Tag Archives: Nature Photography

Can You Swim, Eat And Dry Your Hair?

by Kimberly A. Cook                 (twitter@  WarriorTales)

One reason I went into the Army is I can’t swim for beans. Do a mean dog paddle or glide? Yes. Breast stroke? No.  So when I saw this clip from the “Nature” television show with sea otters not only eating and swimming, but a momma otter blowing her baby’s hair dry and swimming, so impressive.

I can barely dry my hair standing on dry land, let alone swimming. Might be an electrical issue with the whole power cord thing too. That’s why those warning labels are on hair dryers because you know some idiot tried it. Once.

Watch these otters in action courtesy of the robot “Spy Otter” who snuck up and got these papparazi shots of the sea otters.

Have a great, safe, weekend and Happy Quirky Friday!



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Time To Wander In The Woods?

by Kimberly A. Cook                (Twitter@  WarriorTales)

Since today is Election Day, I decided it was time for a mosey on one of my favorite trails along the Metolius River in Camp Sherman, Oregon. We can all do with a pause that refreshes given the past eighteen months.

Picked out five pictures I took the end of September to share the peace, quiet and beauty of a nice stroll through the woods along a fly fishing only river.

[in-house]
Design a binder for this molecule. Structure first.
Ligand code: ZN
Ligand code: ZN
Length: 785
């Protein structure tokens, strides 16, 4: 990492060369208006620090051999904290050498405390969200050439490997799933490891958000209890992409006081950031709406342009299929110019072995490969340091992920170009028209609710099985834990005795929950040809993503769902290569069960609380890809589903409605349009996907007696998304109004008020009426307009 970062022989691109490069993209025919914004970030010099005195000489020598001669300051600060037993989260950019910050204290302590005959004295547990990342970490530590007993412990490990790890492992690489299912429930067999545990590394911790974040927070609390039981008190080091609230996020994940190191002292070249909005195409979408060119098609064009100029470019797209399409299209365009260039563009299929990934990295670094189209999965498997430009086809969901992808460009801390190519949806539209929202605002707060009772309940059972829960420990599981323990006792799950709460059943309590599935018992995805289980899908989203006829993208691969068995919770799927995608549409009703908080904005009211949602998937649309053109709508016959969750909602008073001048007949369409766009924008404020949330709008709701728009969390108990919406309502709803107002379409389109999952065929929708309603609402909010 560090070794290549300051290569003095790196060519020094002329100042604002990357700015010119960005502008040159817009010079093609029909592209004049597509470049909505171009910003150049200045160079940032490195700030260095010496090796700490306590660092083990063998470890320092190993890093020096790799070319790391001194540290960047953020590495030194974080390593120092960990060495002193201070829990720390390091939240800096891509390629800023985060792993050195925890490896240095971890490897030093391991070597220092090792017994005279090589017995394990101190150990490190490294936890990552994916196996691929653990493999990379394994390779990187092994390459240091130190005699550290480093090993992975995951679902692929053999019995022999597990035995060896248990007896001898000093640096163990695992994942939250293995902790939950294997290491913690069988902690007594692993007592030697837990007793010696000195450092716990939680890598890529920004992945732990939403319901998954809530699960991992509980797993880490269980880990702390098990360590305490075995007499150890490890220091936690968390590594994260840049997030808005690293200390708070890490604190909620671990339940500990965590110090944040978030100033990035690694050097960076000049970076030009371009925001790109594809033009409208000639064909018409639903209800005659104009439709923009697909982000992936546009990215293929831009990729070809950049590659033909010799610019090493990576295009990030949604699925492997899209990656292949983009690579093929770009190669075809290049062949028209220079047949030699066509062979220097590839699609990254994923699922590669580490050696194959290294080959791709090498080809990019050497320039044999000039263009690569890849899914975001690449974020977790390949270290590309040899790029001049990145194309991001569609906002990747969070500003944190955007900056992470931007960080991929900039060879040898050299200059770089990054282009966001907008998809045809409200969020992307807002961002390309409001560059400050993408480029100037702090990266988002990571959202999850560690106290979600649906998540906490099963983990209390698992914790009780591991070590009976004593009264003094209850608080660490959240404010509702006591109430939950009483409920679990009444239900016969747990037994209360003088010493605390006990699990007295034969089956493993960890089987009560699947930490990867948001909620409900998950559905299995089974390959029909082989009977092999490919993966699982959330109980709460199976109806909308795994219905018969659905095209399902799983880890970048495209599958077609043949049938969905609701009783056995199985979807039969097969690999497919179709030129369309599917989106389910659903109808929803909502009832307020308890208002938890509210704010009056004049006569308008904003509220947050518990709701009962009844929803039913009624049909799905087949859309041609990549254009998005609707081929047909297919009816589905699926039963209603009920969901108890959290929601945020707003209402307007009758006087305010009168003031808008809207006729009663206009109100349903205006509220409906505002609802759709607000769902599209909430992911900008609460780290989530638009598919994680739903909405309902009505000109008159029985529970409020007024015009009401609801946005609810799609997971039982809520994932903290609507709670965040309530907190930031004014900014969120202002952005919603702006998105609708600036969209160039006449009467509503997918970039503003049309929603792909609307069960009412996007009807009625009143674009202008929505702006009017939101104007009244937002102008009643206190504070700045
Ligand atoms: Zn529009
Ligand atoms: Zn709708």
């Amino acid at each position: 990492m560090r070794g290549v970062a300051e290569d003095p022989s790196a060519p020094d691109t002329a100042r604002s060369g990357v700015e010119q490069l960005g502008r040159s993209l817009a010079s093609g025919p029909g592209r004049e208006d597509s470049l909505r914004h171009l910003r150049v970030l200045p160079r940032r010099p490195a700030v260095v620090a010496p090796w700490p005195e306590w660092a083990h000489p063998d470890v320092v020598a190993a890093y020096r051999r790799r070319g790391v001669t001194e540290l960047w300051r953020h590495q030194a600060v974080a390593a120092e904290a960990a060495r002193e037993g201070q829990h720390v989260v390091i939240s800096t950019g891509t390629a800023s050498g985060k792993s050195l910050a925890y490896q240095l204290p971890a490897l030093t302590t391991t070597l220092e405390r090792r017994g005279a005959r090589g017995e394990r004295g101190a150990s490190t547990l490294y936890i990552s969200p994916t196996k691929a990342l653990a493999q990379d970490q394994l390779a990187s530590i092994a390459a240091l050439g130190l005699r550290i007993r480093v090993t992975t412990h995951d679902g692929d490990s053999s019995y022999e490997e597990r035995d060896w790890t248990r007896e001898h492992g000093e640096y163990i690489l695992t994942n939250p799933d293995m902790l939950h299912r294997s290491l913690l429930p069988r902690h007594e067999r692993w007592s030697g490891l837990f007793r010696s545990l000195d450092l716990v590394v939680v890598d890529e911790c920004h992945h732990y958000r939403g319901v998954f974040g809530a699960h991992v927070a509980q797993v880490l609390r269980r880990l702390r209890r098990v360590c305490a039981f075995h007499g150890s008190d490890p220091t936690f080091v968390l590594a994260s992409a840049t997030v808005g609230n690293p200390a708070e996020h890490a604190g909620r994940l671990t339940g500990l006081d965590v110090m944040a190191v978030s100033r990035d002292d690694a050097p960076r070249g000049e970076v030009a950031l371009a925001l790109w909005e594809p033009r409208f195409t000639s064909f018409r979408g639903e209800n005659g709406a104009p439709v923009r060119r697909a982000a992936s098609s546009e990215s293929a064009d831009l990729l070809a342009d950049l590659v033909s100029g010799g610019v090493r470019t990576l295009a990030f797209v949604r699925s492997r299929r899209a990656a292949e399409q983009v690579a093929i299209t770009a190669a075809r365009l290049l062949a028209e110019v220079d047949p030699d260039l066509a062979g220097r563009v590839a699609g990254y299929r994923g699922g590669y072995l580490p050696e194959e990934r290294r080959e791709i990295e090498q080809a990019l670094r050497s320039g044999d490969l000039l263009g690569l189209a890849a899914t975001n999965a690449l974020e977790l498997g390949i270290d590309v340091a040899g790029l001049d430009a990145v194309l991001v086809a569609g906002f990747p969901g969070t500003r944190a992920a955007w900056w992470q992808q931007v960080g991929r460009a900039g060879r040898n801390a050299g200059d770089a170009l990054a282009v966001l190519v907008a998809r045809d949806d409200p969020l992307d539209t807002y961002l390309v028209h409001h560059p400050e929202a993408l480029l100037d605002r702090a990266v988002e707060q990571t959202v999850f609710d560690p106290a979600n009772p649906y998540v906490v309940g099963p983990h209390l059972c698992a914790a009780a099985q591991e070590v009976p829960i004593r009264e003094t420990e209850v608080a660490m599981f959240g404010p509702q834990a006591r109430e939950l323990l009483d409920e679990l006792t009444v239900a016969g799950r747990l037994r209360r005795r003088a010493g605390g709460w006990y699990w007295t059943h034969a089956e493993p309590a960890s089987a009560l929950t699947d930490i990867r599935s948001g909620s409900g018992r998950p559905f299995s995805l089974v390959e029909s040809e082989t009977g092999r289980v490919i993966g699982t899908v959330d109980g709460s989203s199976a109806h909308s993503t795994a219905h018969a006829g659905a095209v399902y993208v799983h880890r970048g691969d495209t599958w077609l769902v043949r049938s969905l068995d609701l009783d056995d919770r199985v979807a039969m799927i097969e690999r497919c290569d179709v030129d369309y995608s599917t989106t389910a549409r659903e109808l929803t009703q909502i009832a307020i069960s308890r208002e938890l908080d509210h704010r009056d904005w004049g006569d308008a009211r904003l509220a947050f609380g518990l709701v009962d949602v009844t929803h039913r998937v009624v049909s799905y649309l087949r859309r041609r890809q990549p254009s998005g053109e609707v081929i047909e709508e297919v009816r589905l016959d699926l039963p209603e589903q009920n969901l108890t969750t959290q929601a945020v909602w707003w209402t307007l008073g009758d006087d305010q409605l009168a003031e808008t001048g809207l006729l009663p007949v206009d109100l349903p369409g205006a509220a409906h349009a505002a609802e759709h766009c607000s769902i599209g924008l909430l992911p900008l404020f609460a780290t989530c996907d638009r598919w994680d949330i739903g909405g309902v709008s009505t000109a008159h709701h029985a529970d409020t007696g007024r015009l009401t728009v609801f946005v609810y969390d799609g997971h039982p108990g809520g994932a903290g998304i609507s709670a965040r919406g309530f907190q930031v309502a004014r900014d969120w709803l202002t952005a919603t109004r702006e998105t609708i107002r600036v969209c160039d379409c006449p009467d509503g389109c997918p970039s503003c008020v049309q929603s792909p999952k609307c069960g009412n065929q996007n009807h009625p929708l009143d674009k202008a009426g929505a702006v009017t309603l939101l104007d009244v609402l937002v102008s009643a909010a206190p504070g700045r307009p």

We started out late in the day and the golden light began to make an appearance. Smell the fresh air.


I love this simple path through the woods which runs alongside the river. It makes me calm down just by looking at it again.




The sound of the water moving along and the slight breeze of wind through the trees. 


Now we are headed back to the trailhead, but I can’t resist looking behind me and snapping another picture as the light continues to fade.


So when life gets a little crazy I can dream about relaxing in the little gazebo in the campground on the other side of the river.   

This calming interlude brought to you by Mother Nature, the State of Oregon, the town of Camp Sherman and the U.S. Forest Service. Relax and enjoy the views!




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Cranky Or Kind Seagull?

by Kimberly A. Cook                      (Twitter@  WarriorTales)